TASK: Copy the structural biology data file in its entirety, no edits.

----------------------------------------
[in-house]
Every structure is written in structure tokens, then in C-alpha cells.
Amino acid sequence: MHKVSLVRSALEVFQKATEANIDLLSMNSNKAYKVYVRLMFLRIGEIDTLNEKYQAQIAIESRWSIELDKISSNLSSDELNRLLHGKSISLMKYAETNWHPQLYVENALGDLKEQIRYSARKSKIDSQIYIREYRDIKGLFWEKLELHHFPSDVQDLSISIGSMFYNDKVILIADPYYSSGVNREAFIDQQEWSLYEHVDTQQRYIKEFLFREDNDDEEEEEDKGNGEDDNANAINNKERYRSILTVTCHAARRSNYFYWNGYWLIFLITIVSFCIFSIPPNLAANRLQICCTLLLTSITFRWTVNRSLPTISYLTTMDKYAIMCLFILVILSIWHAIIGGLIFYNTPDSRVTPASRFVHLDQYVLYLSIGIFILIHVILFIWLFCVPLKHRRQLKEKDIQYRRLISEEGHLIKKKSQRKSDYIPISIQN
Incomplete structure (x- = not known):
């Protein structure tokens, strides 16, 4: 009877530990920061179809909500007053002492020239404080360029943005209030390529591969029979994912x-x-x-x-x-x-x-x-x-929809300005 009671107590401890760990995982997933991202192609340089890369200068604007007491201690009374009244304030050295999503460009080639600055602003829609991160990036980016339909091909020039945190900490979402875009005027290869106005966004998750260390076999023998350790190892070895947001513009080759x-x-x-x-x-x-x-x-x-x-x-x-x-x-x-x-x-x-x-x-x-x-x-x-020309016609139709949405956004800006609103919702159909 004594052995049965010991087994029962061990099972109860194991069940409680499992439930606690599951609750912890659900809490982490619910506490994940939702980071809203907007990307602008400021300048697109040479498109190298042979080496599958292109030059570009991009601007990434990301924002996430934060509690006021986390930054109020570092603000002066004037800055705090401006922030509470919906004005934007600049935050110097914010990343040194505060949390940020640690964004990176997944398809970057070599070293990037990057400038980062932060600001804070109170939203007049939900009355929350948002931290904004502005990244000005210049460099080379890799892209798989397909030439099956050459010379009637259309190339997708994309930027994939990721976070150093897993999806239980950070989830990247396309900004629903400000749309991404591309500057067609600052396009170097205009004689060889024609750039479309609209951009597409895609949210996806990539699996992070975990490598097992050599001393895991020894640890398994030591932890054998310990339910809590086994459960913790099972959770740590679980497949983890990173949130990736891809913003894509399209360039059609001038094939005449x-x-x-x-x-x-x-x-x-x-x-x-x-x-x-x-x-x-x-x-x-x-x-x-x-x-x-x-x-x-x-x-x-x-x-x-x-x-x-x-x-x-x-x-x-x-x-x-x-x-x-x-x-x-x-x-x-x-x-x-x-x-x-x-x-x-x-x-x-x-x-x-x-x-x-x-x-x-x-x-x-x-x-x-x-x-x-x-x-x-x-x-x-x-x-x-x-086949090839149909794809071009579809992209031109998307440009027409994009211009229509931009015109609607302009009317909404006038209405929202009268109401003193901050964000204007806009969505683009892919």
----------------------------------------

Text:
[in-house]
Every structure is written in structure tokens, then in C-alpha cells.
Amino acid sequence: MHKVSLVRSALEVFQKATEANIDLLSMNSNKAYKVYVRLMFLRIGEIDTLNEKYQAQIAIESRWSIELDKISSNLSSDELNRLLHGKSISLMKYAETNWHPQLYVENALGDLKEQIRYSARKSKIDSQIYIREYRDIKGLFWEKLELHHFPSDVQDLSISIGSMFYNDKVILIADPYYSSGVNREAFIDQQEWSLYEHVDTQQRYIKEFLFREDNDDEEEEEDKGNGEDDNANAINNKERYRSILTVTCHAARRSNYFYWNGYWLIFLITIVSFCIFSIPPNLAANRLQICCTLLLTSITFRWTVNRSLPTISYLTTMDKYAIMCLFILVILSIWHAIIGGLIFYNTPDSRVTPASRFVHLDQYVLYLSIGIFILIHVILFIWLFCVPLKHRRQLKEKDIQYRRLISEEGHLIKKKSQRKSDYIPISIQN
Incomplete structure (x- = not known):
């Protein structure tokens, strides 16, 4: 009877530990920061179809909500007053002492020239404080360029943005209030390529591969029979994912x-x-x-x-x-x-x-x-x-929809300005 009671107590401890760990995982997933991202192609340089890369200068604007007491201690009374009244304030050295999503460009080639600055602003829609991160990036980016339909091909020039945190900490979402875009005027290869106005966004998750260390076999023998350790190892070895947001513009080759x-x-x-x-x-x-x-x-x-x-x-x-x-x-x-x-x-x-x-x-x-x-x-x-020309016609139709949405956004800006609103919702159909 004594052995049965010991087994029962061990099972109860194991069940409680499992439930606690599951609750912890659900809490982490619910506490994940939702980071809203907007990307602008400021300048697109040479498109190298042979080496599958292109030059570009991009601007990434990301924002996430934060509690006021986390930054109020570092603000002066004037800055705090401006922030509470919906004005934007600049935050110097914010990343040194505060949390940020640690964004990176997944398809970057070599070293990037990057400038980062932060600001804070109170939203007049939900009355929350948002931290904004502005990244000005210049460099080379890799892209798989397909030439099956050459010379009637259309190339997708994309930027994939990721976070150093897993999806239980950070989830990247396309900004629903400000749309991404591309500057067609600052396009170097205009004689060889024609750039479309609209951009597409895609949210996806990539699996992070975990490598097992050599001393895991020894640890398994030591932890054998310990339910809590086994459960913790099972959770740590679980497949983890990173949130990736891809913003894509399209360039059609001038094939005449x-x-x-x-x-x-x-x-x-x-x-x-x-x-x-x-x-x-x-x-x-x-x-x-x-x-x-x-x-x-x-x-x-x-x-x-x-x-x-x-x-x-x-x-x-x-x-x-x-x-x-x-x-x-x-x-x-x-x-x-x-x-x-x-x-x-x-x-x-x-x-x-x-x-x-x-x-x-x-x-x-x-x-x-x-x-x-x-x-x-x-x-x-x-x-x-x-086949090839149909794809071009579809992209031109998307440009027409994009211009229509931009015109609607302009009317909404006038209405929202009268109401003193901050964000204007806009969505683009892919």